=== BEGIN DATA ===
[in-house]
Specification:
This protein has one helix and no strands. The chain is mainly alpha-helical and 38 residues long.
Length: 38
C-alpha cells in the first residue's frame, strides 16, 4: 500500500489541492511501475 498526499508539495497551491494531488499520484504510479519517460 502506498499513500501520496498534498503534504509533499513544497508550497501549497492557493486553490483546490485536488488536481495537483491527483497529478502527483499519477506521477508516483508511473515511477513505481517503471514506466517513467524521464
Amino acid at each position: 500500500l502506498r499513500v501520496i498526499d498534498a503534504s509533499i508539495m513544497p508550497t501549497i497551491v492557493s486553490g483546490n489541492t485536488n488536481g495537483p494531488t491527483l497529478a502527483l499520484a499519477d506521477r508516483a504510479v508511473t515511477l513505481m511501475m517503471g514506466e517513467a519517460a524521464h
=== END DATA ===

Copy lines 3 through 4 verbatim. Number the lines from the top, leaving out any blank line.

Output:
This protein has one helix and no strands. The chain is mainly alpha-helical and 38 residues long.
Length: 38